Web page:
Becoming a Friendly Contrarian

by Connie

Post image for Becoming a Friendly Contrarian

I’m a contrarian, by nature.

Don’t get me wrong, I’m a friendly contrarian and sometimes a provocative contrarian; but a contrarian all the same.

I question things; yep, pretty much all things.  I tend to push the limits, poking, peeking and investigating along the way.

When I was a child my mother would lament, ‘You should join the debate club, when you’re old enough, because you sure like to argue all points of all things.’  She quickly followed with, ‘And, you wear me out.’

I’m not a contrarian because I like to stir things up, unnecessarily.  My intention is not to be antagonistic.  And, it’s certainly not because I feel superior to those around me.  I know I have feet of clay.  That’s no surprise to me.

I enjoy being provocative and controversial; pushing the conversation past its normal limits.  Opening doors to sidebars and segues of discussion is meaningful to me.

Questioning is about getting inside someone’s brain.  It’s about getting to know them better.  It’s about connecting with them on a level you don’t yet know.

Being a friendly contrarian is about questioning the thinking of others while also challenging your own thought process.

It’s ingrained in me to pose the questions, ‘Why?’ or ‘Why not?’ throughout my Life.  It’s part of who I am.  I’m proud of that fact.  This personality trait has helped me become an accomplished person.

Because I’m constantly questioning, either verbally or in my mind’s eye, I have a very unique perspective on things.  Being a contrarian helps reinforce my positive mental attitude. I see solutions to challenges that others don’t.  I clearly see possibilities and opportunities when others see defeat or setbacks.  And you can, too.

You may usually accept the status quo, but are tired of living within that self-imposed box.  Maybe you’ve come to realize the limitations that it’s put on your life.  Maybe you realized that this just isn’t working for you anymore.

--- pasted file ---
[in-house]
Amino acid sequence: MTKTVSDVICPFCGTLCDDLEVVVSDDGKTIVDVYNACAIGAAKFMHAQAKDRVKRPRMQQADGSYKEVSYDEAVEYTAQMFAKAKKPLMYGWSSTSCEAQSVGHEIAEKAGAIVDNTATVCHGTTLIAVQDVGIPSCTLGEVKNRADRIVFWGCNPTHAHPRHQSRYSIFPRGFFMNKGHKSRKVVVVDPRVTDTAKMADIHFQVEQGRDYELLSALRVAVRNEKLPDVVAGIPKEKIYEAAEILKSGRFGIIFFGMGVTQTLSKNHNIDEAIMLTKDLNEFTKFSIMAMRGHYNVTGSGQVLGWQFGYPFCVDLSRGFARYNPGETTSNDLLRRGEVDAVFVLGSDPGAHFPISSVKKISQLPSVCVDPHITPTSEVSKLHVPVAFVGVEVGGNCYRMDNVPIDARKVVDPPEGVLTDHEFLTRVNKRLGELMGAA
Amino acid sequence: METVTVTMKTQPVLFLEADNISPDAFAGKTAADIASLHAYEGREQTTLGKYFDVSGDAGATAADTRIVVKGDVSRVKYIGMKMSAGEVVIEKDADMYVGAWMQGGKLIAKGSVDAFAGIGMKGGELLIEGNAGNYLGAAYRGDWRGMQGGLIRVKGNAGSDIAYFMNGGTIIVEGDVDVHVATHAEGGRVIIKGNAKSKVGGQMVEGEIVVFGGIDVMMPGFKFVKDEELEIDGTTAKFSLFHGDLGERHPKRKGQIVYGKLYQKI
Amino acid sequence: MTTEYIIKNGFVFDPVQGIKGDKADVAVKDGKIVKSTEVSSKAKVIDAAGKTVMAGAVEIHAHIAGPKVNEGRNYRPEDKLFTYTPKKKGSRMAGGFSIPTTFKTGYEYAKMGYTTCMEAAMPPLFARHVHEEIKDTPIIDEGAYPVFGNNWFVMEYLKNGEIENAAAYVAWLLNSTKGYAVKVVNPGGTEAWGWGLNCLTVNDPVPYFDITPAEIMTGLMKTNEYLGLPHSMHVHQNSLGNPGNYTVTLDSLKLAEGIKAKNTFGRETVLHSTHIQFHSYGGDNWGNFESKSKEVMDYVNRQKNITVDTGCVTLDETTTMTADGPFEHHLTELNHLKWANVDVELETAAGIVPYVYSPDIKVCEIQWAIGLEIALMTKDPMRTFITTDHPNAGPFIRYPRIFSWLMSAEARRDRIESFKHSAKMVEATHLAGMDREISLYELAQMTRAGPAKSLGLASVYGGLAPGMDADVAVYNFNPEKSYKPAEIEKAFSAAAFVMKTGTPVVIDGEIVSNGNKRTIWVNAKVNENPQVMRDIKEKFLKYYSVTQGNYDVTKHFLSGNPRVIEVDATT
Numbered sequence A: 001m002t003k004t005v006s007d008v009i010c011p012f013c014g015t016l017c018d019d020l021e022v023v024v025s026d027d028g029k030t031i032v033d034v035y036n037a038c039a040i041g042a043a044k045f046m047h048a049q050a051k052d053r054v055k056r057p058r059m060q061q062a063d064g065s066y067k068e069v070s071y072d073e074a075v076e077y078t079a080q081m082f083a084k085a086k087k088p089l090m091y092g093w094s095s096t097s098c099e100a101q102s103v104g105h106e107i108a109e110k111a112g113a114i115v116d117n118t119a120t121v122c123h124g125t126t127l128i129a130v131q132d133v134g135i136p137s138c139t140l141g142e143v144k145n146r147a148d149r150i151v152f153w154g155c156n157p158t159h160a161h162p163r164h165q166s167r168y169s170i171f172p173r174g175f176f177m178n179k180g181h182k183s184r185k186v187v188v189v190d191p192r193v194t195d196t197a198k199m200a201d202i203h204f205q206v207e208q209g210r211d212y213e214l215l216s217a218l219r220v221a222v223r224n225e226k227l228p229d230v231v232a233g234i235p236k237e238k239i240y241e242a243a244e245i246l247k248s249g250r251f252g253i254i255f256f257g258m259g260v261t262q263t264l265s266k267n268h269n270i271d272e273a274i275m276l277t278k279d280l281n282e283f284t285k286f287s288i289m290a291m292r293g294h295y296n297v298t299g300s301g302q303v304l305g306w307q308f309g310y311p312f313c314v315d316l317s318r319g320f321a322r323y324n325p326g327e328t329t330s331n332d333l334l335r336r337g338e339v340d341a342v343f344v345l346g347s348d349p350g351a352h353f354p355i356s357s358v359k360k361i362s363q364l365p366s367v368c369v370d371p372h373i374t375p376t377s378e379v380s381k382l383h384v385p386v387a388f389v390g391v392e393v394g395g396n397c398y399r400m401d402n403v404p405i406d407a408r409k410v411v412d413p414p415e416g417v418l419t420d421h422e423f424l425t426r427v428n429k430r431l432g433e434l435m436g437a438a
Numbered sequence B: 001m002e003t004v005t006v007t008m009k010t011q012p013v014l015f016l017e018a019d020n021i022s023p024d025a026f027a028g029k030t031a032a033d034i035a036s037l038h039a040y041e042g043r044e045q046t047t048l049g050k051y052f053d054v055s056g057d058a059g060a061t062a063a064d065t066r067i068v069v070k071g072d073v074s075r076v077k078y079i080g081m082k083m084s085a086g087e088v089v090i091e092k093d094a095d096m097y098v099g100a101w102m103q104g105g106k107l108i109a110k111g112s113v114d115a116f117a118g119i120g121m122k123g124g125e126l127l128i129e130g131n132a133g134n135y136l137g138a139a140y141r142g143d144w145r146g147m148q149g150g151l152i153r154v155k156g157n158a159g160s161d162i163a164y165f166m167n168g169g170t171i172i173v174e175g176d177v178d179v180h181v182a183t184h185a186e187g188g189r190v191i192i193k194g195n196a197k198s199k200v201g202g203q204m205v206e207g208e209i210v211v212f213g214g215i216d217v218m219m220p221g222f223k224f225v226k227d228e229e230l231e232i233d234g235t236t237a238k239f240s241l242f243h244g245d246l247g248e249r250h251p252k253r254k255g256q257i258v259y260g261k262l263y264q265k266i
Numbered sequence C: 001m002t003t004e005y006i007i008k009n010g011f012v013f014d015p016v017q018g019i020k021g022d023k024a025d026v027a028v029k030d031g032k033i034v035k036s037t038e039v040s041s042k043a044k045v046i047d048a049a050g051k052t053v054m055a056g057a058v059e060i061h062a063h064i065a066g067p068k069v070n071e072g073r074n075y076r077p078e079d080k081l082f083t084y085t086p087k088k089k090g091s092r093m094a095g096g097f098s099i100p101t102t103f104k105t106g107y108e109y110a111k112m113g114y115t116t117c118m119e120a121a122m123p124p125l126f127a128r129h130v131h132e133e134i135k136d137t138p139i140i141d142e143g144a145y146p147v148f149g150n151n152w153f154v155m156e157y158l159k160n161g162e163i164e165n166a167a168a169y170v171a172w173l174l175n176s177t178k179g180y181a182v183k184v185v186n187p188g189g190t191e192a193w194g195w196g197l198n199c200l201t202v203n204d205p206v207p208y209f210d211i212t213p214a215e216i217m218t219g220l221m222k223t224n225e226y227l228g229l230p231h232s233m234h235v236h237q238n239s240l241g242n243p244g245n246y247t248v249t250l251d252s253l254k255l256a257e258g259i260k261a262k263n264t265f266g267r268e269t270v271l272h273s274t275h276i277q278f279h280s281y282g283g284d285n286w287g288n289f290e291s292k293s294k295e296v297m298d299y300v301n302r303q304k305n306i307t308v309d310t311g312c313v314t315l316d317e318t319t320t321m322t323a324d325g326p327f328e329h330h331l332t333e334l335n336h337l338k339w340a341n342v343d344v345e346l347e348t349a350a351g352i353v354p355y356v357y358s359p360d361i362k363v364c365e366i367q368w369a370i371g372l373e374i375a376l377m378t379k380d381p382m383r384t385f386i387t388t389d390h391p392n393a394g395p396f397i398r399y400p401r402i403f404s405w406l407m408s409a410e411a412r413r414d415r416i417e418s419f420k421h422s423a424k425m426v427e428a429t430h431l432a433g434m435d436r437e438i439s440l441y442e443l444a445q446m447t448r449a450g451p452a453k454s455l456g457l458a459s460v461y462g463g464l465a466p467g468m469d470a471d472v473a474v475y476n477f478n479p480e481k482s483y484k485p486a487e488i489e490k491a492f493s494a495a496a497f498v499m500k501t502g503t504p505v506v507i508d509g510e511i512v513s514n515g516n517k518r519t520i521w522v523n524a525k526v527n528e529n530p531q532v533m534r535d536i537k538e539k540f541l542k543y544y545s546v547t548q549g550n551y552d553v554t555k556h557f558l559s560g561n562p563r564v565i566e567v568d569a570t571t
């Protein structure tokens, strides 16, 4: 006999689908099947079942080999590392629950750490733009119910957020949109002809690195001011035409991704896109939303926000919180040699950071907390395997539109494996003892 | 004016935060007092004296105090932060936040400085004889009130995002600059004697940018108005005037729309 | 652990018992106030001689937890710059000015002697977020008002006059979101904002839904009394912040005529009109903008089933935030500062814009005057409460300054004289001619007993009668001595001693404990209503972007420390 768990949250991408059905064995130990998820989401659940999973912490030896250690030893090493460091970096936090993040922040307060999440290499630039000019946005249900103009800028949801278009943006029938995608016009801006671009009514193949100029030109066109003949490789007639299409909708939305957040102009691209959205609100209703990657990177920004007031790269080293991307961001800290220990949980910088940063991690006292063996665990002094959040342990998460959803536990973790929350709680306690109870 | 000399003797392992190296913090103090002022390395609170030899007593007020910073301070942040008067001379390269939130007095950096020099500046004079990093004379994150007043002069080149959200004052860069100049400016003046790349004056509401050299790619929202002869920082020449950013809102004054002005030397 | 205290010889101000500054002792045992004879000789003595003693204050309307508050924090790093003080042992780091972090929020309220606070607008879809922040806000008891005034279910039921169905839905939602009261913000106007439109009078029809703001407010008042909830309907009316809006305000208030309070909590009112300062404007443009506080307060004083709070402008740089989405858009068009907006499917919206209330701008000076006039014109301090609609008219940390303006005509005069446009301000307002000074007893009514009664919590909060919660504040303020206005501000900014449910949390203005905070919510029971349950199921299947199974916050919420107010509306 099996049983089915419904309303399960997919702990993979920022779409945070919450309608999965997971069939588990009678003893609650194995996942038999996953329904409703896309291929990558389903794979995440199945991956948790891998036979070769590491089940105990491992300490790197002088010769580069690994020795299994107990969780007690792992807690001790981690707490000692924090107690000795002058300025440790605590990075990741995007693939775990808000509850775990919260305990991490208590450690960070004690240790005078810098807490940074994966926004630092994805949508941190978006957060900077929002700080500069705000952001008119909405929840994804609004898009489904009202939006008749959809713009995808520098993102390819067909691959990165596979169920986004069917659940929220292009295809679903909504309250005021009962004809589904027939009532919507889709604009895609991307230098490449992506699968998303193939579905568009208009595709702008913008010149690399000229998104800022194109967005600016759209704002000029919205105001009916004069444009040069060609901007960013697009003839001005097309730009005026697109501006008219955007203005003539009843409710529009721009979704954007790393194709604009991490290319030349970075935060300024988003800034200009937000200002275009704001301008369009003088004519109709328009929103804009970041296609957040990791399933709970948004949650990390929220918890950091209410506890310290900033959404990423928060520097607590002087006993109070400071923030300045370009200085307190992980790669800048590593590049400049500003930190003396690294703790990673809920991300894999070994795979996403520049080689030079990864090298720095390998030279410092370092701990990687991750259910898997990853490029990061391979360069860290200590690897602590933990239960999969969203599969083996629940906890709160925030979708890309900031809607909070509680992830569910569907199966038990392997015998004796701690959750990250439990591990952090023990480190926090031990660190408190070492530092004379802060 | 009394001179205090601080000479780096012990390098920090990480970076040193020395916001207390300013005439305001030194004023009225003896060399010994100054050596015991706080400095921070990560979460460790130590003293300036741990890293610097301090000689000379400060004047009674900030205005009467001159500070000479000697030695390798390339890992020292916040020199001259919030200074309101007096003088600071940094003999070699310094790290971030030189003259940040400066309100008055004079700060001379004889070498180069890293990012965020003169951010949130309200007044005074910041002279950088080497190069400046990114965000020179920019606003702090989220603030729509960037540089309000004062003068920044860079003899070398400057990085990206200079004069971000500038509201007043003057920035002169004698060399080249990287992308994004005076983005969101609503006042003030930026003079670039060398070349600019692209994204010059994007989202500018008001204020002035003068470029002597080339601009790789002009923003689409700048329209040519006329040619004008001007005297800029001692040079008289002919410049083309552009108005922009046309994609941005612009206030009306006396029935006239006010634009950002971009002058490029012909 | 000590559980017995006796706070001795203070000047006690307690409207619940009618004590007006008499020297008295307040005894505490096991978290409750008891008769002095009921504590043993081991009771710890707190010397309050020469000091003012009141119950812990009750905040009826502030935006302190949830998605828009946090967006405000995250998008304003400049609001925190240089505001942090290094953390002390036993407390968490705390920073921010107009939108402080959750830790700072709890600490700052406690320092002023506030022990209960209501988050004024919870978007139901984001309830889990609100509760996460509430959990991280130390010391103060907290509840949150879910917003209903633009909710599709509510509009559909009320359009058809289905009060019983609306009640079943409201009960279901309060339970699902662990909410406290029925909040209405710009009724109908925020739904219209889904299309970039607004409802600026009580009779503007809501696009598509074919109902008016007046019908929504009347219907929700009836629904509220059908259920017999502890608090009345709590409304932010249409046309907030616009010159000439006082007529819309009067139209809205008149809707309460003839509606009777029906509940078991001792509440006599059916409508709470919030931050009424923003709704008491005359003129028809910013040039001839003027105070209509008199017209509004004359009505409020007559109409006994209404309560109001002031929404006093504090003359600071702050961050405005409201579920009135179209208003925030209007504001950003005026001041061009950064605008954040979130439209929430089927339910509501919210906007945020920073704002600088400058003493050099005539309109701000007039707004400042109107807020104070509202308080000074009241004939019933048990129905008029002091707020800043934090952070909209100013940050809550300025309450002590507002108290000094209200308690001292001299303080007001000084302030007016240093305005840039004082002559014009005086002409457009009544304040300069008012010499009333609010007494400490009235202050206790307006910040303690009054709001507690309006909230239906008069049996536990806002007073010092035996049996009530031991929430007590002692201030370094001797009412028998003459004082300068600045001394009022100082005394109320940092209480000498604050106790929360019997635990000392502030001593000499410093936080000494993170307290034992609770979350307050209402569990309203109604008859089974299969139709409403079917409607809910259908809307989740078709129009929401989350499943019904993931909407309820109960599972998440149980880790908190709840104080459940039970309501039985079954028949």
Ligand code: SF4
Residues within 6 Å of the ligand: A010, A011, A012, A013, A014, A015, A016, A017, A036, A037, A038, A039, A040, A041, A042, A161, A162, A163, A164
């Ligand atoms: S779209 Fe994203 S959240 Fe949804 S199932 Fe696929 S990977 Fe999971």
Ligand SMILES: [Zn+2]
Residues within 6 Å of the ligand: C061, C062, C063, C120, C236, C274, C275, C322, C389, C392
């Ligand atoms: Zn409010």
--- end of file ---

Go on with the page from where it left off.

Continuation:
If you’d like to learn how to become a contrarian, I’ve created a list of steps to help you expand your thinking and open up your possibilities.

Steps to becoming a friendly and accomplished contrarian:

  • You don’t have to ‘Join the Club’. You don’t have to accept the perceptions, labels and established ways of doing things, as your own.  Since there are usually a variety of ways to achieve the same end result, the odds are in your favor that you just may have a better way to approach a situation.

This is about you stepping forward, going out on a limb and being a visionary, an innovator, a leader.

  • Question ‘Why?’  Why does it have to be done that way?  Why was it done that way in the first place?  Why can’t we try doing it this way, instead?  What if…?

Ask the question.  It doesn’t matter what the question is.  So, just ask it.

This isn’t about rejecting the established ways, just for the sake of being contrary or oppositional.  It’s about critical thinking, questioning other ways of doing things; ways that may be more customer-friendly, cost effective, more efficient or effective.  It’s about challenging to improve.  It’s about learning more about those around you, on a daily basis.

  • Question ‘Why not?’  Why not try…?  What haven’t we…?  What would be the worst thing that could happen if…?  What if…?

Ask the Question.  It’s one of the basic tenets of my Life and, therefore, my website.  You already know what the question is, so don’t be afraid to ask it.  What’s there to be afraid of, any way?  Really.

Once again, being contrary isn’t about being antagonistic or adversarial.  It’s about creating alternative visions, with enhanced improvements.  It’s about being creative and creating; it has nothing to do with being oppositional.